7. After graduating, he took a job as the principal at the North Pownal Academy in Vermont, which was meeting in the basement of his father’s church at the time.Oddly, James A. Garfield taught penmanship there three years later. By the time Garfield started showing off his handwriting, though, Arthur had already moved on.

8. A 24-year-old Arthur, then a junior partner at Culver, Parker and Arthur law firm, successfully represented Lizzie Jennings, who was forcibly removed from a streetcar in 1854 because of her skin color. The day after a jury awarded Jennings $225.00 in damages, the Third Avenue Railway Company had its streetcars desegregated.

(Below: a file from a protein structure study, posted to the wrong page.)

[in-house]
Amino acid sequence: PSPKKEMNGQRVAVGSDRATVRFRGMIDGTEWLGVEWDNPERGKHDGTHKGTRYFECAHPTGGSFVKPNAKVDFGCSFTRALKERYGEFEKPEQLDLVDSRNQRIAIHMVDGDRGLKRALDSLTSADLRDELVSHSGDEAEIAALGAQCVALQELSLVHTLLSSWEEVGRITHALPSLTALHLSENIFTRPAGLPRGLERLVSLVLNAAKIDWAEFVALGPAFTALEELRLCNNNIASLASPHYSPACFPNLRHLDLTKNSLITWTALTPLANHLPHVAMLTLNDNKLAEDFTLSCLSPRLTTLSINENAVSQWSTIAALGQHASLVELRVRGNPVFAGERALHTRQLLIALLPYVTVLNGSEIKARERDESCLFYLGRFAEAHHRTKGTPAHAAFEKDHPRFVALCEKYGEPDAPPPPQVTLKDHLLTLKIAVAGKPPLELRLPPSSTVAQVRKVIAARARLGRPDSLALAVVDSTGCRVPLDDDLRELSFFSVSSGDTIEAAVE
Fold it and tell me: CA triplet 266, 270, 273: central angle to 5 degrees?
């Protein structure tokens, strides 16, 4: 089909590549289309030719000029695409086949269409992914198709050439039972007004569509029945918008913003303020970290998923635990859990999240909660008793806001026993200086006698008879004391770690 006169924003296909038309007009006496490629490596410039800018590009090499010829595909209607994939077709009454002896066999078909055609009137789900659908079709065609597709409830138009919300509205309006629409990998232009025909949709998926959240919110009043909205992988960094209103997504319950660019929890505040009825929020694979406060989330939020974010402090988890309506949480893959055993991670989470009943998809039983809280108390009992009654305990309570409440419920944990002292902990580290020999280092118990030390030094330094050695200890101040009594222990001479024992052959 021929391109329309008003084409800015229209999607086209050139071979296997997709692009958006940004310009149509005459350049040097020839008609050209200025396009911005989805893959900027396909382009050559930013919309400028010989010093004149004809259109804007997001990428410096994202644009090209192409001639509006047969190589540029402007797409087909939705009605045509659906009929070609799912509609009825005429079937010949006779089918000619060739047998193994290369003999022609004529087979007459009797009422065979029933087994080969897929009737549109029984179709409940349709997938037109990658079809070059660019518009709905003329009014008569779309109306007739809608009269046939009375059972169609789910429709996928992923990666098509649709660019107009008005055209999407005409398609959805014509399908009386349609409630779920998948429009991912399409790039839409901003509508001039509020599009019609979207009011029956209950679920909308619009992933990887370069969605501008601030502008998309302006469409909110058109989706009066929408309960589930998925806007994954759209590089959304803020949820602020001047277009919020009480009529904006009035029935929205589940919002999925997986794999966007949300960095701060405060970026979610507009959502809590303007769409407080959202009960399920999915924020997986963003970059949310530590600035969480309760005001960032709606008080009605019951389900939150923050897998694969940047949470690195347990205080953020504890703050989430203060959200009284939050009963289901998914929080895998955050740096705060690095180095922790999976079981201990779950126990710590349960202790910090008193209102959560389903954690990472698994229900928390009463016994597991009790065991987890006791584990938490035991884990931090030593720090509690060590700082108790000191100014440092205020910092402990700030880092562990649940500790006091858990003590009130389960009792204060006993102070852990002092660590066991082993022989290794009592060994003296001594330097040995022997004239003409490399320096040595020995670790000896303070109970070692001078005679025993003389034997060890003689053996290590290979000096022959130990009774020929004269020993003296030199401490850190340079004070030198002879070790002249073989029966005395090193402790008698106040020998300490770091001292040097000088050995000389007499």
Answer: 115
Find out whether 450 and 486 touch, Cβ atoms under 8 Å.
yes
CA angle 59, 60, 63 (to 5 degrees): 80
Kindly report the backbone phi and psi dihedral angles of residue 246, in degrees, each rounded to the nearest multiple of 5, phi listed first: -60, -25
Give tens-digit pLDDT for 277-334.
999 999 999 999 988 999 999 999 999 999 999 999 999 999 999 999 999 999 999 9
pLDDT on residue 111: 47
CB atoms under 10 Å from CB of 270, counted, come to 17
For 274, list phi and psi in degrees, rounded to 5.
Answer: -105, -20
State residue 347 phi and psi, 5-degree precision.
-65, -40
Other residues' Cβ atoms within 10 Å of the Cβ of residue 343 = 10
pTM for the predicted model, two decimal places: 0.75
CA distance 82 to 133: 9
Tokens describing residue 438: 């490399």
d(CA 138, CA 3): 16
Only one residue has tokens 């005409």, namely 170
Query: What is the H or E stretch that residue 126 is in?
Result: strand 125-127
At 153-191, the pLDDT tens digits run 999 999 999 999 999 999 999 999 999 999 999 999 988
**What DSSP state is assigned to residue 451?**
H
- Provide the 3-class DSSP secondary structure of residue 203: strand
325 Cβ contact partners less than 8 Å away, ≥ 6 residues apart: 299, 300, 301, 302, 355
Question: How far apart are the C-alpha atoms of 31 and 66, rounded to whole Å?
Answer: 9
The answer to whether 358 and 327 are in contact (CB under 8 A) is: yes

9. Arthur was diagnosed with Bright’s Disease not long after he became president. To try to improve his failing health, he took a trip to Yellowstone National Park with Robert Todd Lincoln (among others - that’s the whole posse in the picture).

10. He was a member of the ultra exclusive Ristigouche Salmon Club.

11. Pre-POTUS, it wouldn’t have been unusual to see Arthur sporting a jacket that would be right at home at Augusta National. He was prone to wearing a green coat to show his support for the Fenian Brotherhood, an Irish republican organization.

12. He was once the president of the New York Arcade Railway Company.

13. His first son died suddenly when he was only three years old. Two more children - Chester Alan Jr., and Ellen - survived into adulthood.

14. His wife died of pneumonia the year before he became president. Arthur honored her by having flowers placed in front of her portrait at the White House every single day.